We had an interesting Christmas this year.
THE SHORT STORY
On Tuesday, 12/18, our not-quite two year old son started limping. We assumed he’d simply twisted his ankle, or bruised his heel.
On Thursday night, 12/20, he woke up several times in the night saying “Ow!” and grabbing his right foot. This was when we decided to check it out and see what was up.
As it turns out, in the ages from about 2-5, infants are susceptible to joint infections, especially in the hips, knees, and ankles. The way they get infected, usually, is the child has an upper respiratory infection, then bruises or injures something in the joint.
This is what had happened with our son. We were in the hospital from 12/21 to 12/25 – Christmas Day, of course. Once he started receiving treatment – copious amounts of antibiotics, delivered via IV, he started recovering almost immediately. He’ll be receiving antibiotics here, at home, through a PICC line until the 4th, but he seems damn chipper now.
However, the stay in the hospital, and the bad timing of it, has enlightened me to a lot of things I never knew before. I will review these things for your edification, and mine – I have not, unlike my parents or a lot of people, ever had to care for someone at a hospital. It was, shall we say, eye-opening.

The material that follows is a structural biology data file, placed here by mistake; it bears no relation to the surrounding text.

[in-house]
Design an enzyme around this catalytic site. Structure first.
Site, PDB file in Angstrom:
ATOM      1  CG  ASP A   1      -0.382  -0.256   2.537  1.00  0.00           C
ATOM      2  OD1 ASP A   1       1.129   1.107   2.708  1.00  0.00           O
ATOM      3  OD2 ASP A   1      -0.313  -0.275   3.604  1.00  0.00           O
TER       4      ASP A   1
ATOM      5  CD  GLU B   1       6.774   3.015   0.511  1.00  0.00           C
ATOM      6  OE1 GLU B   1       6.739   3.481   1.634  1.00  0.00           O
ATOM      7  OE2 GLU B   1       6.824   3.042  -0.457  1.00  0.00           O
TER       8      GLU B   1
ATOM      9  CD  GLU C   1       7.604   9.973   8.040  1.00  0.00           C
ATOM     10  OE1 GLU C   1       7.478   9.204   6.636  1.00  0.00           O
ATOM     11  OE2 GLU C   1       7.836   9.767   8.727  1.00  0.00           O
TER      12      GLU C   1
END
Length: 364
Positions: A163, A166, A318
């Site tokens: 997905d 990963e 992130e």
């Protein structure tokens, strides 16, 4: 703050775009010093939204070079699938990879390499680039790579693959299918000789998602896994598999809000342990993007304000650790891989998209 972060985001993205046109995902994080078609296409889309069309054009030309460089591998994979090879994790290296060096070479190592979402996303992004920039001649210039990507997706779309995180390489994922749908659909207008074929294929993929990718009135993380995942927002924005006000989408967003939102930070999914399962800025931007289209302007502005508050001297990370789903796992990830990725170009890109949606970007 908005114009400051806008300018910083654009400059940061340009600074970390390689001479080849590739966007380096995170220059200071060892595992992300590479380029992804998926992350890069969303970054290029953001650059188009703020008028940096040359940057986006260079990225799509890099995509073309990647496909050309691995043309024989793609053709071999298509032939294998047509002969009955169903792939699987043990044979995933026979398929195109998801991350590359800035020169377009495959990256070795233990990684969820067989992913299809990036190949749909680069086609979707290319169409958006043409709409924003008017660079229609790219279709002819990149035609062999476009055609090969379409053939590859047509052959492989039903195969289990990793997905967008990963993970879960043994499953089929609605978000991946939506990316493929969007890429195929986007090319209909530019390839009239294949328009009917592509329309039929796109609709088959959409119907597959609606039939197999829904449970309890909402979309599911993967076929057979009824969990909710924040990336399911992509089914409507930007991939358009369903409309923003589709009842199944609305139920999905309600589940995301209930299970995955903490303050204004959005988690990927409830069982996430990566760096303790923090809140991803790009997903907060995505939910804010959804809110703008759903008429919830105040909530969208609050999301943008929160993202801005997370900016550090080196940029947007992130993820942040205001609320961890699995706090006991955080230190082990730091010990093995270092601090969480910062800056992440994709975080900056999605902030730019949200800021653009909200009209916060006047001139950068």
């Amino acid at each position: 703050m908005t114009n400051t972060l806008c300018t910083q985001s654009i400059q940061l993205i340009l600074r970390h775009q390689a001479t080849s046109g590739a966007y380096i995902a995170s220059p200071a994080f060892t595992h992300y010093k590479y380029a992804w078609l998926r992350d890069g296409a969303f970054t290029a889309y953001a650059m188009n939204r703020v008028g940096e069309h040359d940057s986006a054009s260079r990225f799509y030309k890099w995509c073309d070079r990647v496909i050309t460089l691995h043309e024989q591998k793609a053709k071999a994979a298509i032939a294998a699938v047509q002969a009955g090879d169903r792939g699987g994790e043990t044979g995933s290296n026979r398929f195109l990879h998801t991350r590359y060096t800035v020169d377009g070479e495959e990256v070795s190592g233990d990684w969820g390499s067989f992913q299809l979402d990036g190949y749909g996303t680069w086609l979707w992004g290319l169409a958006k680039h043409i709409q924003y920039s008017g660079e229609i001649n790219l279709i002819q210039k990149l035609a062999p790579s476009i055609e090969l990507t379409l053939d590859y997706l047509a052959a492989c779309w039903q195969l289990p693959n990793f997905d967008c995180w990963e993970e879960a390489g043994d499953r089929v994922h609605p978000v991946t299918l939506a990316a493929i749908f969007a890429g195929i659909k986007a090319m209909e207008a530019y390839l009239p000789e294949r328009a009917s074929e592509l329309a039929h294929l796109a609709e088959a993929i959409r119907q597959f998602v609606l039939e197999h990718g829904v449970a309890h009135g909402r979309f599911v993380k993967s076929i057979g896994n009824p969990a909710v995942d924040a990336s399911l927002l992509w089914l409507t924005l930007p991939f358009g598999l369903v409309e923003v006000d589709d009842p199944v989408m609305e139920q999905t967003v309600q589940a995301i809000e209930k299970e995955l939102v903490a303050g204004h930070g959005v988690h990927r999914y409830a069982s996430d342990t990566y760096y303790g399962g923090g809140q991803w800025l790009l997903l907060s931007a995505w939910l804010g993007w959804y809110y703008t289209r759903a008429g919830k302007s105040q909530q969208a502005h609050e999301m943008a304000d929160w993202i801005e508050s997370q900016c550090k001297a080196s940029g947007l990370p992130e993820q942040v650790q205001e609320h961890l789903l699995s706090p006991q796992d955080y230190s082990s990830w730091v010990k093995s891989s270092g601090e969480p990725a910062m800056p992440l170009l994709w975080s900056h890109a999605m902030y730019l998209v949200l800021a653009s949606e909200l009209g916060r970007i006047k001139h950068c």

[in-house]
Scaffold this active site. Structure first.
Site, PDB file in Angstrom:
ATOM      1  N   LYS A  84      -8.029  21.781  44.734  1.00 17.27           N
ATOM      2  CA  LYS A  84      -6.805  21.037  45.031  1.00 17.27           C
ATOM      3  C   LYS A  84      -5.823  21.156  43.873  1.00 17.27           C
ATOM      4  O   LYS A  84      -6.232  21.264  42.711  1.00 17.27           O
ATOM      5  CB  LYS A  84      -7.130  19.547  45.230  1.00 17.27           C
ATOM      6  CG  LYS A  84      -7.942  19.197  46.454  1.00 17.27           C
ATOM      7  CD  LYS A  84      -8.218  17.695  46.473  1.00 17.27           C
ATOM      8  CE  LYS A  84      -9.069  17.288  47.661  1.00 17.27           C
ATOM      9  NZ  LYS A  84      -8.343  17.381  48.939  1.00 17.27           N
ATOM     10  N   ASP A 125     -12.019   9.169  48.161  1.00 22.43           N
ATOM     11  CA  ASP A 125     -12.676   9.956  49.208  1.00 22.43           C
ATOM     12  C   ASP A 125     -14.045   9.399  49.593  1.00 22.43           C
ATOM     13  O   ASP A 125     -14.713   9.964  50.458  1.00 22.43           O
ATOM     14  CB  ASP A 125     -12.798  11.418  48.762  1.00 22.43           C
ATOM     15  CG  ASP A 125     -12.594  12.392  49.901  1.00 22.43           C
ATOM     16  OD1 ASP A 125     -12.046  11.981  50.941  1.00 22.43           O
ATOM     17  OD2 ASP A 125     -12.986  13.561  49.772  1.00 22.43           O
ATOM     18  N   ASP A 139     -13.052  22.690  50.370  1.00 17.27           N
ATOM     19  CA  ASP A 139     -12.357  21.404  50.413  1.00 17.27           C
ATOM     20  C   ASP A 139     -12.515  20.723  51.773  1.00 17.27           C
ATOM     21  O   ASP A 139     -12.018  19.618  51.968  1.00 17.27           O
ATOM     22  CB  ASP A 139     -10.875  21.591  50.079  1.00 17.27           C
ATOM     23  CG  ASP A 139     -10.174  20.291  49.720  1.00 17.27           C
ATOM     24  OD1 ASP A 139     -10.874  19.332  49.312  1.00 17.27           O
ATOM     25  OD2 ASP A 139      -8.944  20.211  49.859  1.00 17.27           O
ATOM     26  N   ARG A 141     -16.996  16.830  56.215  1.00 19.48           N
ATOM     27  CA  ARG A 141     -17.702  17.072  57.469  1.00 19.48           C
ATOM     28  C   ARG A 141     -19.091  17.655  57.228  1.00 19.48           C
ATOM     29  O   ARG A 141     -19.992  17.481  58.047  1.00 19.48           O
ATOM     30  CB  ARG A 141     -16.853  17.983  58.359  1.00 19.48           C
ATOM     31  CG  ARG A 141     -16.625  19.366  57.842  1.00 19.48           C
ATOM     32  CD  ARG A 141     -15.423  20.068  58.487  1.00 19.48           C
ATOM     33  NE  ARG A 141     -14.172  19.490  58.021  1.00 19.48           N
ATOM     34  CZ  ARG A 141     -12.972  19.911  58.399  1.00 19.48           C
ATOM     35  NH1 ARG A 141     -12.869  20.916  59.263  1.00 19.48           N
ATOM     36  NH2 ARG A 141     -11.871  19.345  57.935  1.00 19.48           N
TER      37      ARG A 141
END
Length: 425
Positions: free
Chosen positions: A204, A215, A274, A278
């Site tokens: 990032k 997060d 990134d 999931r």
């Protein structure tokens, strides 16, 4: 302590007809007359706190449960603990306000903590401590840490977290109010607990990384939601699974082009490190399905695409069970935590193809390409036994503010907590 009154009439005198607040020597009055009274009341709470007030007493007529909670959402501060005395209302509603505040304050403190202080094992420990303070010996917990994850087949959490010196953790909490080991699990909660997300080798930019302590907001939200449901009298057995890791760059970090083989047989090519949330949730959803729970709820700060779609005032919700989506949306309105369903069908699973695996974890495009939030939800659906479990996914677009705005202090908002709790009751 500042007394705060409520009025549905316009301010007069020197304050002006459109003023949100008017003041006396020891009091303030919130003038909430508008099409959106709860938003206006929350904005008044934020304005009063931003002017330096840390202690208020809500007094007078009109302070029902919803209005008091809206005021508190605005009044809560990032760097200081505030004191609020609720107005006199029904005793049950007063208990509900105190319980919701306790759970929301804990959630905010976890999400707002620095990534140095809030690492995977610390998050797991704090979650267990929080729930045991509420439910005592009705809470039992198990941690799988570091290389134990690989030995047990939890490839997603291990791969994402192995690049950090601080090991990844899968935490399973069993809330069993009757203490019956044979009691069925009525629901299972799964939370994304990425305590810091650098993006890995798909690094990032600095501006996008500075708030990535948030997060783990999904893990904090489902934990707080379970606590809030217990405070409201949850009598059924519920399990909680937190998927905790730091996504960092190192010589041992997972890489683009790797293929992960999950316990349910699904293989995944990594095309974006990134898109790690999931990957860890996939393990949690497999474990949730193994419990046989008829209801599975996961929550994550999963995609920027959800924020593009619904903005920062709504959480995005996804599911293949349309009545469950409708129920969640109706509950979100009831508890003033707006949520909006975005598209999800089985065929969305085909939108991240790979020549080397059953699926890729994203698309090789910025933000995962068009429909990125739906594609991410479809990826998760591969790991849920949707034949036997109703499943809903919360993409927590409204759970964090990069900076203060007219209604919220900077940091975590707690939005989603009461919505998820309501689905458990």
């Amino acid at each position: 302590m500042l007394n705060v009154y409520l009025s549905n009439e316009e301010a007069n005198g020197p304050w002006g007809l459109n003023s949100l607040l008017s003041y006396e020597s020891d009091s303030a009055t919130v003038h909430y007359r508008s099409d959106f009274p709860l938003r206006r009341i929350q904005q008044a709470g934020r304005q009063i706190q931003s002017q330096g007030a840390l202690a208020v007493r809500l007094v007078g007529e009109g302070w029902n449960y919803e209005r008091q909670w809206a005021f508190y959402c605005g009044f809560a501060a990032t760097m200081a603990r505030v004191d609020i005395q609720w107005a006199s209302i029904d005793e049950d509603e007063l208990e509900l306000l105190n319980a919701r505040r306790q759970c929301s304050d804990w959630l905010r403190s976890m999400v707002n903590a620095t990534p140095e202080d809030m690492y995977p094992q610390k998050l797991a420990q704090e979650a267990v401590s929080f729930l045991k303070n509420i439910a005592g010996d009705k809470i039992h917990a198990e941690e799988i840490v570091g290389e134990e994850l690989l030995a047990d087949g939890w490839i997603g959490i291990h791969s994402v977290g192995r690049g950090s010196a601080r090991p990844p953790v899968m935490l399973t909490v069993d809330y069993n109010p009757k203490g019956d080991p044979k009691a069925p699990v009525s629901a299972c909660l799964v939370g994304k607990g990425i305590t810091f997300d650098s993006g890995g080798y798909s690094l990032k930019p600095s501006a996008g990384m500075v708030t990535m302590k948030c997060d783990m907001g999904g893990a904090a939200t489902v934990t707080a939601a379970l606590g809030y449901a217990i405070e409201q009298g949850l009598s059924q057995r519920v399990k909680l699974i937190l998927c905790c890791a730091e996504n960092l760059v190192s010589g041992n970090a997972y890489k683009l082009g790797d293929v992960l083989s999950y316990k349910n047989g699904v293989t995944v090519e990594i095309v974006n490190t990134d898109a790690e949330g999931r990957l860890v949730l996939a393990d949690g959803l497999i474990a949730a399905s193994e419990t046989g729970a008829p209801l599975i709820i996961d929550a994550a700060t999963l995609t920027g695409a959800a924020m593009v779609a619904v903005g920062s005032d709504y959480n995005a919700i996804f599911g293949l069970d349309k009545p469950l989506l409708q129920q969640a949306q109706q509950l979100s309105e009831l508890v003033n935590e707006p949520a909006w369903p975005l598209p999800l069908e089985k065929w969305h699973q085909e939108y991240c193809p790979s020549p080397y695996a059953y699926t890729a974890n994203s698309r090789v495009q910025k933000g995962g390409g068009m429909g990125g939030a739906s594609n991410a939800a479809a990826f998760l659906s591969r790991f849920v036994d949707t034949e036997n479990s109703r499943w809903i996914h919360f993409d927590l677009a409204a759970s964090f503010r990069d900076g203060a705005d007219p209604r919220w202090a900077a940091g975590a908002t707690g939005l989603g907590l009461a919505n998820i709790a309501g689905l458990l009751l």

NO ONE KNOWS WHAT THE FUCK IS GOING ON AT A HOSPITAL
And not just diagnostically. You have about twenty or thirty people dealing with you, the patient, every day and night, and they all just hop on shift and they have no idea who you are or what’s going on.
We went to the orthopedist, who made a quick (and, as it turns out, accurate) diagnosis, and arranged for us to stay at the hospital, but the pediatricians and internal med folks obviously hadn’t heard shit about this and had no fucking clue who we were or why we were in the hospital.
Then the pediatricians (after DAYS OF WAITING) arranged for us to have an MRI, and the MRI people and anesthesiologists had no idea why we were there – they just knew he had to get an MRI, and we had to tell them which leg was the problem, and what the suspected cause was. (They actually had to change the MRI considerably because they didn’t know they’d be taking pictures of his foot.)
Then because the MRI wasn’t conclusive, we had to get Infectious Diseases in (who chose to wear, as you would expect, a mask and gloves), and she openly thought the diagnosis was crazypants. She was wrong, and quickly realized it, but when she first walked in we had to review the story for what seemed like the 50 millionth time.
This doesn’t take into account all the nurses and all the sort-of-random doctors who just happened to swing by, for whom we had to recount everything all over again. Same goes for all the other little shit – blood drawings, etc.